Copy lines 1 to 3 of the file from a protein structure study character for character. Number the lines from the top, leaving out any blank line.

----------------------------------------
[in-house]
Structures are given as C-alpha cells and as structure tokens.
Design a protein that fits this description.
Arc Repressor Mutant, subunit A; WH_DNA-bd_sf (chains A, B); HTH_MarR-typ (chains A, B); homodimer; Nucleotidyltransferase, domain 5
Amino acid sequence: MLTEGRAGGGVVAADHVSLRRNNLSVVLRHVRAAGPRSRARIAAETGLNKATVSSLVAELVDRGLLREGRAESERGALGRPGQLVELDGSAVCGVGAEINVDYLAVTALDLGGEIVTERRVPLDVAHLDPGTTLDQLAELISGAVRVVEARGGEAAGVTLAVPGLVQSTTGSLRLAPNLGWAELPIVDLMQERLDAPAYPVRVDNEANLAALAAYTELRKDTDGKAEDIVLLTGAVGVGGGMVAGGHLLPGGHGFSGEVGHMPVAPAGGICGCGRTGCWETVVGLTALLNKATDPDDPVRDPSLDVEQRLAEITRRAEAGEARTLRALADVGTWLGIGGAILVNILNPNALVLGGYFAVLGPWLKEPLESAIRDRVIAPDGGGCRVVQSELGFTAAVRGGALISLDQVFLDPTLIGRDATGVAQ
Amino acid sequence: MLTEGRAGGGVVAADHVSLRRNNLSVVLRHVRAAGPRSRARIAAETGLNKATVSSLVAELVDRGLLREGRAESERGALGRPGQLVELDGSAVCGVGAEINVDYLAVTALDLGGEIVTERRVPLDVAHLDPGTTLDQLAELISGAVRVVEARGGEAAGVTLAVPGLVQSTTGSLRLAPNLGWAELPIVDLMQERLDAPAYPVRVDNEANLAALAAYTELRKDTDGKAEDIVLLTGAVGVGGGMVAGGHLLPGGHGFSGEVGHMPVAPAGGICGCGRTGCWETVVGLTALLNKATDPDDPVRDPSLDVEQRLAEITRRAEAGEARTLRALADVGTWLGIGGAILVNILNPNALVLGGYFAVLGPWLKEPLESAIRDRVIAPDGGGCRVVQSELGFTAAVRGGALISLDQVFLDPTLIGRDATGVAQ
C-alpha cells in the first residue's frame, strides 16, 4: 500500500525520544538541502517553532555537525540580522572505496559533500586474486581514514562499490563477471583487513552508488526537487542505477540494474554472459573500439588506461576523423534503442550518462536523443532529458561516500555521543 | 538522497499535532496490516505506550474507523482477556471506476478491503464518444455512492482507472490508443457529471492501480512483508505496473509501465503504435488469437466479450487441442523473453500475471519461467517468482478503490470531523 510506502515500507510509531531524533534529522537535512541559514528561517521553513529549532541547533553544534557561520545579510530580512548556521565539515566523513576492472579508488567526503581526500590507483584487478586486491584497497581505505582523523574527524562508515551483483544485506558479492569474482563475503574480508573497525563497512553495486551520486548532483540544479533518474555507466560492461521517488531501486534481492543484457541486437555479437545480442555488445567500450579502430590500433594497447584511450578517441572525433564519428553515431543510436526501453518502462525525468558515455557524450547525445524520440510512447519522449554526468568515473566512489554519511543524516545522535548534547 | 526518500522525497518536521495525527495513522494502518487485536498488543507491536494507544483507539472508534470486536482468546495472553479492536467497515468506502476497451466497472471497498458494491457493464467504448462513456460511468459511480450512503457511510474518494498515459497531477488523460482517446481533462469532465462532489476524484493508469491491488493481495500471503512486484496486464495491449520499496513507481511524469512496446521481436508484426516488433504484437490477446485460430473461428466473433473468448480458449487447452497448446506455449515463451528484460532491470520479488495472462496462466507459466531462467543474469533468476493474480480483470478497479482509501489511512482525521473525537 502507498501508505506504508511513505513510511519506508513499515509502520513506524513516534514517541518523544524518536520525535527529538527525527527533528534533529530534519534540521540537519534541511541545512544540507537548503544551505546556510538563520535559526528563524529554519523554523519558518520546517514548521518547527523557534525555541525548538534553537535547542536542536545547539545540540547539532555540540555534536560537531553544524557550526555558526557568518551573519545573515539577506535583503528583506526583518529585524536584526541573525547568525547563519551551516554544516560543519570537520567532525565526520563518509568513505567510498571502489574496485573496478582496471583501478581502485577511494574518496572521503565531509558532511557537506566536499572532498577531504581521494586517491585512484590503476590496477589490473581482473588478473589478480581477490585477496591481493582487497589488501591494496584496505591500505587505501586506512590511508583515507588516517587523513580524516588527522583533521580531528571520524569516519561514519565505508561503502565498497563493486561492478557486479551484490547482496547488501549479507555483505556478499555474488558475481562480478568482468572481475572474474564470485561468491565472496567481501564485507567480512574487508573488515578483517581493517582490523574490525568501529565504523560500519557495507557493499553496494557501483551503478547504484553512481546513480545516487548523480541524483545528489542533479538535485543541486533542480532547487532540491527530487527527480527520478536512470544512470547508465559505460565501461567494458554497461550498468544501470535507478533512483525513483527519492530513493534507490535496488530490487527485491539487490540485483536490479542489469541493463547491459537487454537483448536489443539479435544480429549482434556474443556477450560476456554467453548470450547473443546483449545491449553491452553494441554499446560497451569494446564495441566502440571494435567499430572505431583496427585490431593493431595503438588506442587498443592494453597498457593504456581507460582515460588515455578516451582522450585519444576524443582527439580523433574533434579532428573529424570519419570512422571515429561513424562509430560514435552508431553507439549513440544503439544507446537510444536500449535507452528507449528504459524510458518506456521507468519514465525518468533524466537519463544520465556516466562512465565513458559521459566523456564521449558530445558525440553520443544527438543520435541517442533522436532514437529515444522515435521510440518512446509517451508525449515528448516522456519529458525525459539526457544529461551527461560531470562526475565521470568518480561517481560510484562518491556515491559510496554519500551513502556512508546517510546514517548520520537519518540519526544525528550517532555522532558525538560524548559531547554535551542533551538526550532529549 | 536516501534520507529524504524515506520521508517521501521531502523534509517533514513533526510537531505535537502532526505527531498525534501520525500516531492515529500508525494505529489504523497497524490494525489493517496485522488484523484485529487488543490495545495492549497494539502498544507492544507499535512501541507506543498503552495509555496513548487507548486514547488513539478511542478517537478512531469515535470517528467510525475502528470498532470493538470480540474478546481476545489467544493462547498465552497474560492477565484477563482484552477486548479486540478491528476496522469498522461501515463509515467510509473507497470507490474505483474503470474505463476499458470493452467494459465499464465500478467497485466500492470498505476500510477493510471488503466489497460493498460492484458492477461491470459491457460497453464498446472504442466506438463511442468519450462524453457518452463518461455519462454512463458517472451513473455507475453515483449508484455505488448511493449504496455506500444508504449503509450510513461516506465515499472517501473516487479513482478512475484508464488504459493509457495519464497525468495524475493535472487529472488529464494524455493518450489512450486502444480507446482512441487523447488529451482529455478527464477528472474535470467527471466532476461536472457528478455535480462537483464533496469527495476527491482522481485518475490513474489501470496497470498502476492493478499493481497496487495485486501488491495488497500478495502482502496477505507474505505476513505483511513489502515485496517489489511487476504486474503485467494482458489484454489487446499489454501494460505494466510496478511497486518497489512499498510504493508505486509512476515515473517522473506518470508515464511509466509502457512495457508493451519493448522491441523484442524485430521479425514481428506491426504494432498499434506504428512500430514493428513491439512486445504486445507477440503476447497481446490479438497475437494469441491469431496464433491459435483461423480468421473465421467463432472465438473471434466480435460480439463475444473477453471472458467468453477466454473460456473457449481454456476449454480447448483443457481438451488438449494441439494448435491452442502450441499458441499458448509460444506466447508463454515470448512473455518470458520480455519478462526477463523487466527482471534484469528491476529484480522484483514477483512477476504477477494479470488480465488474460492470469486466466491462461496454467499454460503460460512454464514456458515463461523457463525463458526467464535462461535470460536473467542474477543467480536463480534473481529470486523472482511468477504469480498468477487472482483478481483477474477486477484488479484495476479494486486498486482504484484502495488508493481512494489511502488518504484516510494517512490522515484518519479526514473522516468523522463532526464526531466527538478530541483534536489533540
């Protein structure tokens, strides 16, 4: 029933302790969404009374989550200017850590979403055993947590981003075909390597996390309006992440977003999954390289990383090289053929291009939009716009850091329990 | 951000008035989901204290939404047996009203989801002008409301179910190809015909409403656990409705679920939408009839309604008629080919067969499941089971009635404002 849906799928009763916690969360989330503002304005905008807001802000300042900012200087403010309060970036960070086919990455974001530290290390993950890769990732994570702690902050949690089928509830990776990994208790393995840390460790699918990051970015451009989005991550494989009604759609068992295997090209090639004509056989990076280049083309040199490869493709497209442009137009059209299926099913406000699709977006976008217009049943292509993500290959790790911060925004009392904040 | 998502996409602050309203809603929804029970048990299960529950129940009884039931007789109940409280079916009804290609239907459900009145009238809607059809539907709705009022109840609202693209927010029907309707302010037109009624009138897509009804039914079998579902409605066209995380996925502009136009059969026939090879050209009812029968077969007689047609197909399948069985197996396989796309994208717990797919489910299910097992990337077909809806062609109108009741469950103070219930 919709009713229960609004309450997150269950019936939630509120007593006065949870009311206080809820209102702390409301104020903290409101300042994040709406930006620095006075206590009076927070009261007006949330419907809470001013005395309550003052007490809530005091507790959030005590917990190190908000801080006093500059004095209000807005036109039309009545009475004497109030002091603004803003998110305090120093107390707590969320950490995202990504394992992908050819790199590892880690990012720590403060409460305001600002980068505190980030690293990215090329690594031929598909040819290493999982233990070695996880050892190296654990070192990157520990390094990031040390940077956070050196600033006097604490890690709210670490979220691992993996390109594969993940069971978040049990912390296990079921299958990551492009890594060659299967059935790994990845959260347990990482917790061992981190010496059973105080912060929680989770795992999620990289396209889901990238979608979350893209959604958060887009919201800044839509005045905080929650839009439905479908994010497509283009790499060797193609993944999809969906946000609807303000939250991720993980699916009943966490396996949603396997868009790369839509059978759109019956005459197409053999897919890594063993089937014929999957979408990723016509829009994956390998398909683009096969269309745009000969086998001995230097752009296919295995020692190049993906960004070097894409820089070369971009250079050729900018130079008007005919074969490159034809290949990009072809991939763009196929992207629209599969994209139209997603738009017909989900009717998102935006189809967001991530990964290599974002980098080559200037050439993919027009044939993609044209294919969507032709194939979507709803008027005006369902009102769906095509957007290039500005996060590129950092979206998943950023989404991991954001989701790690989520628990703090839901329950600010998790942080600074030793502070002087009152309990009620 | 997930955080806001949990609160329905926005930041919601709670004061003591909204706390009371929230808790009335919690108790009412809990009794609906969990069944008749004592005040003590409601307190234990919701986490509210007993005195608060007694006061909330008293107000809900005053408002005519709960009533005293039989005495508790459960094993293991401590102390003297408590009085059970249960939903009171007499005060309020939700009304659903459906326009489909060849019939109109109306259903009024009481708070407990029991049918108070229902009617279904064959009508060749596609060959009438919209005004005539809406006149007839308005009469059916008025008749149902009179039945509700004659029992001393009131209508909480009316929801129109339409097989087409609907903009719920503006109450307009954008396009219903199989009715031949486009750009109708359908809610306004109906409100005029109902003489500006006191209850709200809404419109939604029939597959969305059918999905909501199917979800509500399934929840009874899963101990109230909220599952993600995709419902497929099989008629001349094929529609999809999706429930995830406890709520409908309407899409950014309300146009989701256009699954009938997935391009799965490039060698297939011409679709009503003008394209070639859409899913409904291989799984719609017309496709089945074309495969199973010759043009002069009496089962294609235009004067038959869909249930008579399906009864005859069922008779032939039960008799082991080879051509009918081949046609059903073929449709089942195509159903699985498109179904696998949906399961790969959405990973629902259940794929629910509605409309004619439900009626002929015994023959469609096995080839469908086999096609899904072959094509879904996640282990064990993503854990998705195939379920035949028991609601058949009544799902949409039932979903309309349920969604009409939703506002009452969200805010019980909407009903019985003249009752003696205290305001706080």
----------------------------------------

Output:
[in-house]
Structures are given as C-alpha cells and as structure tokens.
Design a protein that fits this description.